thank Andr Lardinois, Marwa Helmy, and Mark Smith for their valuable comments and corrections.
2
Audience and authorship are terms that for centuries now have been caught in the crossire of scholarly
debates. In this essay I will be using them and their derivatives to conventionally refer to the presence of a composer
and a targeted receiver of the material under study, as felt or implied within this very body of literary material.
3
M. Lichtheim, Late Egyptian Wisdom Literature in the International Context: A Study of Demotic Instructions,
OBO 52 (Freiburg/Schweiz and Gttingen: Freiburg/Schweiz U. P. and Vandenhoeck & Ruprecht, 1983); N. Lazaridis,
Wisdom in Loose Form: he Language of Egyptian and Greek Proverbs in Collections from the Hellenistic and Roman
Periods, Mnemosyne, Supplements 287 (Leiden: Brill, 2007).
4
See, for instance, W. Guglielmi, Zur Adaption und Funktion von Zitaten, SAK 11 (1984): 347-364; the articles in Proverbia in Fabula: Essays on the Relationship of the Fable and the Proverb, ed. P. Carnes, Sprichwrterforschung
10 (Bern, Frankfurt am Main, New York and Paris: P. Lang, 1988); H. Morales, Sense and Sententiousness in the Greek
novels, in Intertextuality: Greek and Roman Textual Relations, ed. A. Sharrock and H. Morales (Oxford and New York:
Oxford U.P, 2000), 217-235; D. Cuny, Les sentences hroques chez Sophocle, Revue des tudes grecques 117 (2004):
1-20.
5
So, for example, P. Walcot, Hesiod and the Instructions of Onchsheshonqy, JNES 21.3 (1962): 215-219; B.
Gemser, he Instruction of Onchesheshonqy and Biblical Wisdom Literature, in Studies in Ancient Israelite Wisdom,
ed. J.L. Crenshaw (New York: Ktav, 1976), 134-160; N. Shupak, Where can Wisdom be found? he Sages Language in the
Bible and in Ancient Egyptian Literature, OBO 130 (Freiburg/Schweiz and Gttingen: Freiburg/Schweiz U. P. and Vandenhoeck & Ruprecht, 1993). In general, classicists have paid more attention to connections between Greek and Near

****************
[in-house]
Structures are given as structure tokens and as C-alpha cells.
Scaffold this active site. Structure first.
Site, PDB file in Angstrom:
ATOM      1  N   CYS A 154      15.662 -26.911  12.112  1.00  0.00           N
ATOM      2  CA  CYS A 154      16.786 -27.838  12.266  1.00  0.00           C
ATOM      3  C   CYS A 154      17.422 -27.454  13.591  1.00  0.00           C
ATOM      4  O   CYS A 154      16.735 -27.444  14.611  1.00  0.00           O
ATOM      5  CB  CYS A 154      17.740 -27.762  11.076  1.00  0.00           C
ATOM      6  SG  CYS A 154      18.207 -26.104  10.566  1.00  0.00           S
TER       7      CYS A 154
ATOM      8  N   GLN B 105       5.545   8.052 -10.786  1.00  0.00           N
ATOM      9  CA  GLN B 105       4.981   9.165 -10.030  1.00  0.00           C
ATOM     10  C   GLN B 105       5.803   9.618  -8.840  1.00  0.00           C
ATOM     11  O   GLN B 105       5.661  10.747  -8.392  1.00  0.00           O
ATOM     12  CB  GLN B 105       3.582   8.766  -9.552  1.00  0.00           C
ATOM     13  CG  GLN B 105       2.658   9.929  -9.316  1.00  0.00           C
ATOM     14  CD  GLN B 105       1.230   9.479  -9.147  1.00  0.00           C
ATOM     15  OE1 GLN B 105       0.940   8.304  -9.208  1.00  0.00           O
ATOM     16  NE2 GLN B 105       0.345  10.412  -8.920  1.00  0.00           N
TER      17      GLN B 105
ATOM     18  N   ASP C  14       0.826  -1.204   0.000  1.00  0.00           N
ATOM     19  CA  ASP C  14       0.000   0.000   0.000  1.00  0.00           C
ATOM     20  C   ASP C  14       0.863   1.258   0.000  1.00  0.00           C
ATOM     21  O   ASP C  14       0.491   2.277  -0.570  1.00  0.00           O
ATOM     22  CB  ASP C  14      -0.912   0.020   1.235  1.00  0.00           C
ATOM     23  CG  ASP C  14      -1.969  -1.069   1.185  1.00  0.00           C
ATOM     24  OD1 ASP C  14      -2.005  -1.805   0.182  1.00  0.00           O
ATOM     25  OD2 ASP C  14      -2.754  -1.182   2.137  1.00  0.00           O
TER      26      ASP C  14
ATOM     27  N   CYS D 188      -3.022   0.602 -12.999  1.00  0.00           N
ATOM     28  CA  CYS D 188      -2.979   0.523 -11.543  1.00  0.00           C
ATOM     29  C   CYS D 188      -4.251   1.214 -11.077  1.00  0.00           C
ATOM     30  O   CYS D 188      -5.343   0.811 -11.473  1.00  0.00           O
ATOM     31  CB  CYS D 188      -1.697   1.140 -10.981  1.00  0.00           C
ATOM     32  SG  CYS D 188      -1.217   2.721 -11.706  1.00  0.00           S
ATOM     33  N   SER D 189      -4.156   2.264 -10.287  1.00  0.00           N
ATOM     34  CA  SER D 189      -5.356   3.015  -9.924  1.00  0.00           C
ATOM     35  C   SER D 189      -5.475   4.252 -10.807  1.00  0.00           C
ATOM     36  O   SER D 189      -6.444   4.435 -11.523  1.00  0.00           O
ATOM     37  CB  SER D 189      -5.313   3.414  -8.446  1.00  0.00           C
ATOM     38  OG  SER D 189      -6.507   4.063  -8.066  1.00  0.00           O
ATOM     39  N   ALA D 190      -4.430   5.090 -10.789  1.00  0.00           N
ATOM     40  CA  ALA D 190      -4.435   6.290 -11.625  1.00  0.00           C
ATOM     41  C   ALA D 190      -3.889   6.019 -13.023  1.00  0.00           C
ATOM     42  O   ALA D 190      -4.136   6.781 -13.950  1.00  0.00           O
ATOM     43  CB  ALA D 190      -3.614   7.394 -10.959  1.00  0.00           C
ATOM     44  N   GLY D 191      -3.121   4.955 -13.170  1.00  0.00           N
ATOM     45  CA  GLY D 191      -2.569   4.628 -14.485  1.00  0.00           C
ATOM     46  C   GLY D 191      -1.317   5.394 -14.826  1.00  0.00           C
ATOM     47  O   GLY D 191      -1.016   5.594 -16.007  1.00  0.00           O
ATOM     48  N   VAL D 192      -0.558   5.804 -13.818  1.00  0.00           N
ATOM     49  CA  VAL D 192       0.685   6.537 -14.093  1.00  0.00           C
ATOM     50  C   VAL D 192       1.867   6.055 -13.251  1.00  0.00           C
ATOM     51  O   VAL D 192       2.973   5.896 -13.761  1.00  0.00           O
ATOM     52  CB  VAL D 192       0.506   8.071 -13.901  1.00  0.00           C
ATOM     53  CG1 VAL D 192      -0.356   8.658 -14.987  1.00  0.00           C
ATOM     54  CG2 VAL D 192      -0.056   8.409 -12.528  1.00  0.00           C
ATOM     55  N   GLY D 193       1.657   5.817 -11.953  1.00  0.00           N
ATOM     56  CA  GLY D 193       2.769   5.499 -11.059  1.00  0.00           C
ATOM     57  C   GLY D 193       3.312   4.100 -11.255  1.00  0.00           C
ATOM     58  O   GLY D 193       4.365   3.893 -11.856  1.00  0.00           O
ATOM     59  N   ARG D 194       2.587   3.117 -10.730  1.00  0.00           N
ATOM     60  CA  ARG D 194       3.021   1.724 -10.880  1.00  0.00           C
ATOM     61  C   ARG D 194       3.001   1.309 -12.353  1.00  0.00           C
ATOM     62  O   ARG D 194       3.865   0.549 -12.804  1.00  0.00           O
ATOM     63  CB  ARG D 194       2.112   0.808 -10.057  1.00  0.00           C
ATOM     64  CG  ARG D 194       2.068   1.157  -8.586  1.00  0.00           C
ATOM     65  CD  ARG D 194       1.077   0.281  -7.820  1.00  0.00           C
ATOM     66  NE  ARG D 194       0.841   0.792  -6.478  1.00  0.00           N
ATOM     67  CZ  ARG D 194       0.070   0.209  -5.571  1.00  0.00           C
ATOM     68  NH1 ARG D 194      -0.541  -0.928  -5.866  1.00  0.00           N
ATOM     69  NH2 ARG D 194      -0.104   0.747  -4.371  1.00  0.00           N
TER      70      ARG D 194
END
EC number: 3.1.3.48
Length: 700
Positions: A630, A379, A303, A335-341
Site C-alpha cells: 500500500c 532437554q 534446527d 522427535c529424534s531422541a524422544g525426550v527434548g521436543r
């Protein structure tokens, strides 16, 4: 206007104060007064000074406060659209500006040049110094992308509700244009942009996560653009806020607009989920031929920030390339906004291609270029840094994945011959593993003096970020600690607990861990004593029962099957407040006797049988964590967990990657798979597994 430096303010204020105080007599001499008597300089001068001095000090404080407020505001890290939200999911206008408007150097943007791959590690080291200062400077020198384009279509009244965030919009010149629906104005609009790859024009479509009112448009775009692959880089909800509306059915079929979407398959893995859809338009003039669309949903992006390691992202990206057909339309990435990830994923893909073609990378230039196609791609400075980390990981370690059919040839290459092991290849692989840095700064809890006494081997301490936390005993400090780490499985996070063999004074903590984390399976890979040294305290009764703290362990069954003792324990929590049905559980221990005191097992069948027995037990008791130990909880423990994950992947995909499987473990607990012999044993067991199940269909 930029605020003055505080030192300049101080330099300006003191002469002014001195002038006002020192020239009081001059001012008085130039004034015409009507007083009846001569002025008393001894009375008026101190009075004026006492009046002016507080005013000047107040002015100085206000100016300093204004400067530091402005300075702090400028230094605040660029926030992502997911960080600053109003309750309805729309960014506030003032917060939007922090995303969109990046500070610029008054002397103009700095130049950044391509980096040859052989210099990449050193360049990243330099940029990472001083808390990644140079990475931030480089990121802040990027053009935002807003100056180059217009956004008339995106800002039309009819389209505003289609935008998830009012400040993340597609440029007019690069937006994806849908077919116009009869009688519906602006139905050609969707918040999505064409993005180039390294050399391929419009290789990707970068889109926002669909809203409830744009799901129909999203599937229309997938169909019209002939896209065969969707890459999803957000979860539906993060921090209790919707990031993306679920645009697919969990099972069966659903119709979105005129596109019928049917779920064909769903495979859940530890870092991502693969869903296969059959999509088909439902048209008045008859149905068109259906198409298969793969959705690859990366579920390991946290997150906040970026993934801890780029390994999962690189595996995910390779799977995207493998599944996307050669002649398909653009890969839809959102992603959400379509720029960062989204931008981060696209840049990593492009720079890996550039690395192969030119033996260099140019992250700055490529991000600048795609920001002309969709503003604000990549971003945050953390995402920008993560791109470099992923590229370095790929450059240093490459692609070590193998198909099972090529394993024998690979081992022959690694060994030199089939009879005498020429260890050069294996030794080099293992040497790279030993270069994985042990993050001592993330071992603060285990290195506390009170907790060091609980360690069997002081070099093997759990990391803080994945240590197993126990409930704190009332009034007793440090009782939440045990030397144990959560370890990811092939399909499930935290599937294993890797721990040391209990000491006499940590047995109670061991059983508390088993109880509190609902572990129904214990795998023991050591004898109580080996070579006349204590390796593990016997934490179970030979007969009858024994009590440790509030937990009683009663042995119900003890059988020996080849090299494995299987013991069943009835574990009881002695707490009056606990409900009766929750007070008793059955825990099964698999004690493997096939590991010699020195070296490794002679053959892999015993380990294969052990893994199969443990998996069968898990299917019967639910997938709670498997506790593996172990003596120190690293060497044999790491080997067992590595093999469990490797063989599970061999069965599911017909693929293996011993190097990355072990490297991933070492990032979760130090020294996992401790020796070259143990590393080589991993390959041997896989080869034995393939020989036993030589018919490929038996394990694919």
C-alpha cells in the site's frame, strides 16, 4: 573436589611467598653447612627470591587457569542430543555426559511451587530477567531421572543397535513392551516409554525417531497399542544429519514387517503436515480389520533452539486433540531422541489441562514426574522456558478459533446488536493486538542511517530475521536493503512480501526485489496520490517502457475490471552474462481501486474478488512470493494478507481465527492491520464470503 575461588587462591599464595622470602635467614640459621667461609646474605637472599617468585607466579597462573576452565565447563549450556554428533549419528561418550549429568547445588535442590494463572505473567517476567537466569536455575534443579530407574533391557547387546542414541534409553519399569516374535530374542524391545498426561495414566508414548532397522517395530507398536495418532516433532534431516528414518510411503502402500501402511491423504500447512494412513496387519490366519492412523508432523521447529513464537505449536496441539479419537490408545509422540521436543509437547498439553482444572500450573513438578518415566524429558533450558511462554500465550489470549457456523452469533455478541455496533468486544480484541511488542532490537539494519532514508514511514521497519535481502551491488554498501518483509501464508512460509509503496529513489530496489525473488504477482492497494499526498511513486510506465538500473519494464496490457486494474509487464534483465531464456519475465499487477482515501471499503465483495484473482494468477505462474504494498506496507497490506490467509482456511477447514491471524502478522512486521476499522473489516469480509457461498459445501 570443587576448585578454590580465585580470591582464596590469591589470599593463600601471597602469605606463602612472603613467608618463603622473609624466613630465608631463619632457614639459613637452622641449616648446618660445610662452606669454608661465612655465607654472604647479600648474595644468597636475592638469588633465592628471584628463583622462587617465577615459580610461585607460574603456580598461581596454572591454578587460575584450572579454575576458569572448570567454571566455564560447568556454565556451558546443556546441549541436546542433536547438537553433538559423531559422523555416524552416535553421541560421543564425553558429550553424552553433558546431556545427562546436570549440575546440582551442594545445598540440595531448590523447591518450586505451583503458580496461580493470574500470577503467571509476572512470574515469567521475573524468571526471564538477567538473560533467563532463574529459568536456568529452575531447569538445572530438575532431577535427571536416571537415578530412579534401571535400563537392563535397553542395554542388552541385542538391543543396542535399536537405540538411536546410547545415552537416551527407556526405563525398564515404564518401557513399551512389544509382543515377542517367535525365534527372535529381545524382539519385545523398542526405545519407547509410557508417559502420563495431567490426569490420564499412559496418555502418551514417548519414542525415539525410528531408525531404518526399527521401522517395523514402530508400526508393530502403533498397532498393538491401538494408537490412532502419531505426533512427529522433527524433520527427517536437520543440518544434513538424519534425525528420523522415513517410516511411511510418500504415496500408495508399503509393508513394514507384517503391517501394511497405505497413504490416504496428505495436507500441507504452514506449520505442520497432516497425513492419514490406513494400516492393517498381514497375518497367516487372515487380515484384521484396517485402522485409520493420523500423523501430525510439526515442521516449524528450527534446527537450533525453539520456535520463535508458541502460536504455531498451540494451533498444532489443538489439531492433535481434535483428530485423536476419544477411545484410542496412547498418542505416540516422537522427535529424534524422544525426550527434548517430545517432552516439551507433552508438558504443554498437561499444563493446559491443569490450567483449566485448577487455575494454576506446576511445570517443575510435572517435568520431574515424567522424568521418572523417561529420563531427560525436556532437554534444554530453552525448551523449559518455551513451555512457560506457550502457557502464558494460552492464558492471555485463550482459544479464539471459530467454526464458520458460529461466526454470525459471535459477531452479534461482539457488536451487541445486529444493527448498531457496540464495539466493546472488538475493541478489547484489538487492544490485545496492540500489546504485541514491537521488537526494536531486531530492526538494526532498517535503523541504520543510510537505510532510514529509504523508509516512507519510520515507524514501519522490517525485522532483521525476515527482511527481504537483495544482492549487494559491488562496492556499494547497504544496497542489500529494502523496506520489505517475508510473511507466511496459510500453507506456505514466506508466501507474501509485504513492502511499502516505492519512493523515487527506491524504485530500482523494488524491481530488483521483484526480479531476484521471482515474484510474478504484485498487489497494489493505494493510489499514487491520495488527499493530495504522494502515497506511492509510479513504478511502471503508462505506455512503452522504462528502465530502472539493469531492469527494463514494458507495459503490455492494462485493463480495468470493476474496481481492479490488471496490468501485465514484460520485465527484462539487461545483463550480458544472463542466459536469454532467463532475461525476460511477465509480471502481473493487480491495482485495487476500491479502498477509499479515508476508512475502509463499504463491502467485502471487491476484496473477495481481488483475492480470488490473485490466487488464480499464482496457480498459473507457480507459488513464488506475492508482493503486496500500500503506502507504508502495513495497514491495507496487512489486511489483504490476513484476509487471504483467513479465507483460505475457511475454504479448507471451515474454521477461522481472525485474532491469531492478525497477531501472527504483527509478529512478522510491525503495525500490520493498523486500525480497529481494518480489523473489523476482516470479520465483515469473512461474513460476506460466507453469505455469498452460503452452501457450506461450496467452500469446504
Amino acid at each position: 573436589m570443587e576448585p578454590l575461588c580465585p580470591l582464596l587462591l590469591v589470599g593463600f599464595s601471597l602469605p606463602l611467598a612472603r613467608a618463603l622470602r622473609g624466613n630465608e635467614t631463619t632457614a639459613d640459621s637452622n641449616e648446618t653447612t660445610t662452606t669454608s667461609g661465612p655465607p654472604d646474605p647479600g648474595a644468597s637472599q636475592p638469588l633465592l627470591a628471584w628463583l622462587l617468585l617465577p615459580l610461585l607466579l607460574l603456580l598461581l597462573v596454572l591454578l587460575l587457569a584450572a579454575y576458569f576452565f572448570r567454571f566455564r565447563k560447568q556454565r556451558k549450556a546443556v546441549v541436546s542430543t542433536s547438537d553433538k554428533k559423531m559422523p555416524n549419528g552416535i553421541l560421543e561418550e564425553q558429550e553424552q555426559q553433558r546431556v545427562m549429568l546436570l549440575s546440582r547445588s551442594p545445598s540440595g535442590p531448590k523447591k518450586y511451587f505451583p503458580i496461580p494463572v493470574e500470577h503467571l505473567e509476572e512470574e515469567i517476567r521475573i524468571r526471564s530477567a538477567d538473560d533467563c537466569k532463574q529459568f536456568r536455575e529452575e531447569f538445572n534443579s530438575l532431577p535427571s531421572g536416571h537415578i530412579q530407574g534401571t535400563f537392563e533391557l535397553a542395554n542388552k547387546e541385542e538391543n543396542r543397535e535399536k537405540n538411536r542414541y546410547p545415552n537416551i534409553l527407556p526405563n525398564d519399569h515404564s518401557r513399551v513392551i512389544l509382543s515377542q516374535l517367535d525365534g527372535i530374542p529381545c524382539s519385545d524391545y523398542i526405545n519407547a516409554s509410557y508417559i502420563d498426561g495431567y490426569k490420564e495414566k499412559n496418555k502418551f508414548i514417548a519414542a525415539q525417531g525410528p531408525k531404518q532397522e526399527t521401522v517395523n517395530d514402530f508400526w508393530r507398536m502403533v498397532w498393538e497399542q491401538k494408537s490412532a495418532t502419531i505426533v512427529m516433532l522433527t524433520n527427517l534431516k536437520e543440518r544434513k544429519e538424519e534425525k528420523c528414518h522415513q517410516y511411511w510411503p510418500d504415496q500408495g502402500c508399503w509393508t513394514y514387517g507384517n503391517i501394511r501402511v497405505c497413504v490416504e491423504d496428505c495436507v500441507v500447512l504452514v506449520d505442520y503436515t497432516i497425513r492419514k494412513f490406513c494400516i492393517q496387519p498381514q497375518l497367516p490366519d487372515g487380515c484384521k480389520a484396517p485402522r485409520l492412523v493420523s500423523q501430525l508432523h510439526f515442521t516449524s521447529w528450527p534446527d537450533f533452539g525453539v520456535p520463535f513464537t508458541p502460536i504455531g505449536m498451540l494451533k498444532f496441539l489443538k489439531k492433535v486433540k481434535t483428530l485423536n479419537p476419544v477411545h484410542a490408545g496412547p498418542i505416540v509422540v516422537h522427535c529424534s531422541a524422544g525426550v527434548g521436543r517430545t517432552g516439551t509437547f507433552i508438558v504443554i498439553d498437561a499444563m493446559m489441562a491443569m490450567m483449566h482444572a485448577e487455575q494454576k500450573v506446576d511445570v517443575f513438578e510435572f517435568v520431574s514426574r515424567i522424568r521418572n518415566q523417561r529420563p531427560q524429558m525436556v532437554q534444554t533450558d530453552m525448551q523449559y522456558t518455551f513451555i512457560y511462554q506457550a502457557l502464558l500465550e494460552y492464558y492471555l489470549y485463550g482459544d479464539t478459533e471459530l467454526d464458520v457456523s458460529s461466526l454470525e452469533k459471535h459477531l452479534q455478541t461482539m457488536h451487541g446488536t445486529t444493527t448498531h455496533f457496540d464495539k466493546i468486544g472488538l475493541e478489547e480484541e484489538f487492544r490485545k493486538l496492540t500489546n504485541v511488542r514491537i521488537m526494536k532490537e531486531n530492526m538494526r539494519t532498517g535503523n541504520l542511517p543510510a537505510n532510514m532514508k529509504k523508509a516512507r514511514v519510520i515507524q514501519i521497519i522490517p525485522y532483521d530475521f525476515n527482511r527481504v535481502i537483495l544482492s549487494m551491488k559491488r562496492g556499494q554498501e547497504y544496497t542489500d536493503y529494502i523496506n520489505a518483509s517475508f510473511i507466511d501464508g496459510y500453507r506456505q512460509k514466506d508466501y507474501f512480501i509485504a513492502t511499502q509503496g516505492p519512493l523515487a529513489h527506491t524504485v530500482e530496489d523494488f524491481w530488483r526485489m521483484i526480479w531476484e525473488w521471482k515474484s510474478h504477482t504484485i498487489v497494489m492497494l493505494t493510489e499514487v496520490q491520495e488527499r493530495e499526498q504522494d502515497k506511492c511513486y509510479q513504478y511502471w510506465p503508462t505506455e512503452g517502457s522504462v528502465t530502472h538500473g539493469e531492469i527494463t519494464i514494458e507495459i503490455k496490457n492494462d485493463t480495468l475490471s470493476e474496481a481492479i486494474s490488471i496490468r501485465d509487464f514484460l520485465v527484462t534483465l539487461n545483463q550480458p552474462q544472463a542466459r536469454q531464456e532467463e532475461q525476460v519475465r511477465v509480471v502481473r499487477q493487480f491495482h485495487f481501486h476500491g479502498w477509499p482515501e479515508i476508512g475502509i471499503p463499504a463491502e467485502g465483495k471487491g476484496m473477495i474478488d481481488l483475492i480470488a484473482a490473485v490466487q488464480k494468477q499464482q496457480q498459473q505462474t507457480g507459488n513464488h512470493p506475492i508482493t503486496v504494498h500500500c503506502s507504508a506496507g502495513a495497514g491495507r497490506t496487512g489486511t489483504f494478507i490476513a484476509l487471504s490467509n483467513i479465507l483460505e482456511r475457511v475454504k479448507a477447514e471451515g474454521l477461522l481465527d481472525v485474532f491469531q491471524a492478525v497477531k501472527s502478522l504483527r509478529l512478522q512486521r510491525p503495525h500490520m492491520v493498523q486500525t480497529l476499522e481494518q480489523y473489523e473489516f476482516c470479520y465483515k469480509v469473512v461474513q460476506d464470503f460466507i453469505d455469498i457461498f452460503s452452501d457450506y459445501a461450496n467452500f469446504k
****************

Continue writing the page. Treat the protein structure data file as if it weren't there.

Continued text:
Eastern works of literature, oten ignoring the corpus of Egyptian literature; e.g. M.L. West, he East Face of Helicon:
West Asiatic Elements in Greek Poetry and Myth (Oxford: Clarendon Press, 1997); R. Lamberton, Ancient Reception,
in A Companion to Ancient Epic, ed. J. Miles Foley, Blackwells Companions to the Ancient World (Malden MA and Oxford: Blackwell, 2005), 164-165; W. Burkert, Near Eastern Connections, in A Companion to Ancient Epic, 221-301.
6
Cf. N. Lazaridis, A description of the project Wisdom sayings in Ancient Egyptian and Greek Literature and
its signiicance as a comparative study, forthcoming in Proceedings of the Xth International Conference of Egyptology, ed.
P. Kousoulis and N. Lazaridis (Leuven: Peeters).

JSSEA 36 (2009)

two civilizations of the ancient Mediterranean.7


he advantage of this approach over a more history-oriented one is that since it treats Egyptian
and Greek literary works as products of evolving
literary language and traditions, rather than as
sources for historical information,8 it allows the
study to focus on the works and their multi-leveled relationship with their own, or other, literary genres (or better, models of literary writing),
rather than restricting itself to speciic, and oten
uncontextualized, parallels. Accordingly, in the
framework of this project similarities and diferences identiied between the two literatures are
interpreted as integral elements of the making
of literature in ancient Egypt and Greece.
II. Corpus
Since this project is a comparative study that
focuses on types of literary language and their
usage, the corpus of pre-Christian Egyptian
and Greek literary works has been selected and

69

divided on the basis of corresponding Egyptian and Greek genres9 rather than of chronology, as a study investigating intercultural inluences and historical contacts would do instead.
Hence, the corpus of Egyptian and Greek works
examined for this essay consists of prose and
verse compositions whose main body of text
and focus is a narration of ictional events.10
Under this conventional umbrella of narrative11
one inds a combination of Egyptian tales with
Greek epics and novels, whose dates range from
the beginning of the Middle Kingdom (Tales of
Wonder) to the 3rd century AD (Heliodorus Aithiopica).12
he identiication of the didactic material in
these works has been based upon: (a) its explicit
or implicit purpose to instruct about a general
matter, and (b) the correspondence of its form
and language with those in the material included in the corpora of Egyptian and Greek wisdom literatures (that is, the genre that consists

7
For a discussion of what is Comparative Literature and what are its subjects and methodology of study, see S.
Bassnett, Comparative Literature: A Critical Introduction (Oxford: Blackwell, 1993), 1 f.
8
For the complex relationship between literature, social setting, and historical information, see the recent
study of R. Parkinson, Reading Ancient Egyptian Poetry: Among Other Histories (Oxford: Wiley-Blackwell, 2009), 3 f,